Deciding to challenge your employees or team members would seem to be a great way to motivate them to give you high performance. Or, so it would seem.
When is the last time senior management where you work set out a high performance strategy based on challenging employees? When was the concept of challenging your employees last used as a method to motivate your people?
It is interesting that all these managers will have been exposed to leadership development at least once. They probably have in-depth knowledge of Herzberg’s Two Factor Theory and others that highlight how challenges at work can reap high rewards in terms of performance. Yet, challenging employees is not a widespread or deliberate practice.
Challenge Your Employees: the barriers
There are many reasons why employers and managers avoid the issue of challenging employees. I will briefly summarise four here:
- Focus on the task – managers are appraised on the productivity of their team, not on how motivated the team is based on challenging projects. So, despite the productivity benefits of motivated employees, managers choose to focus on getting the job done.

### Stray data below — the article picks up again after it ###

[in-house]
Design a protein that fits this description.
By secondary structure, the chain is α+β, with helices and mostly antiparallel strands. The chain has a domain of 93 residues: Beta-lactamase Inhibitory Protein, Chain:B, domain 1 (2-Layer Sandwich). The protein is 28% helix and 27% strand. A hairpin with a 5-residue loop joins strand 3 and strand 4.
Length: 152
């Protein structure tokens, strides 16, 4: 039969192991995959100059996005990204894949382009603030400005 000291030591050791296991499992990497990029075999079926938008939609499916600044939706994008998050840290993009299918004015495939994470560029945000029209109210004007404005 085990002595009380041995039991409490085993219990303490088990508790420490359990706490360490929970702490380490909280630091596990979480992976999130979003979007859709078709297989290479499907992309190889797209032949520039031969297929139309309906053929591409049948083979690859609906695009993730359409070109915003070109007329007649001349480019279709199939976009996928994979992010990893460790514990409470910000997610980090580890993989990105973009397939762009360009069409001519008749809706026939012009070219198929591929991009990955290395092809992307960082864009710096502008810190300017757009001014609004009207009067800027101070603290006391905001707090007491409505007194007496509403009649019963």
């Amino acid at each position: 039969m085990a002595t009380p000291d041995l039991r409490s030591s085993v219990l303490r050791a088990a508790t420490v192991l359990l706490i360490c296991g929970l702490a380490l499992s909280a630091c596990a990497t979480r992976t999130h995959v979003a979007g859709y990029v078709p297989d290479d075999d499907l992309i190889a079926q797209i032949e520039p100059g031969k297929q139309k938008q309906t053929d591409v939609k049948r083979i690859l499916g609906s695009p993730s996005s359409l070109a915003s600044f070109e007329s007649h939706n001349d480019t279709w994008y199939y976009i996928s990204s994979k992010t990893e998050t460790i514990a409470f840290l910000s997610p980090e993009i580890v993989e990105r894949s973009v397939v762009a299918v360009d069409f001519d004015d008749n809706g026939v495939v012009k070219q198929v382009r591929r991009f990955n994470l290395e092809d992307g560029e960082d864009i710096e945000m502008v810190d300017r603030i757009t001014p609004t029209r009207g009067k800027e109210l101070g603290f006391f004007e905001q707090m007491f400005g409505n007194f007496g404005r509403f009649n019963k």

- Fear – it is understandable that managers are wary of challenging their team members. They fear it backfiring, perhaps in terms of what team members ask for in return. Or, maybe, there will be a lack of uptake and a challenge to the manager’s credibility.
- Too difficult – many employers and managers believe that to challenge their employees, they will need to create challenging projects. They feel that the reward of setting challenges will be outweighed by the effort involved.
- Underestimating employee ability/interest – of course your employees will show no interest if previously they have not been positively challenged. My earlier blog post (Employee Engagement: an Outcome and a Choice) explains how employees learn the behaviours that offer the best chances of surviving in their workplace. It is also a common mistake to believe that employees lack the ability.
The key thing to note with these barriers is that they show a lack of understanding as to why people work (see my recent blog post Why People Work). Basically, employees want to enjoy their work, feel the purpose of their job, and feel that the work they are doing is enhancing their potential for future opportunities.
None of these things that employees are looking for can be achieved when the barriers above block your desire or ability to challenge your employees.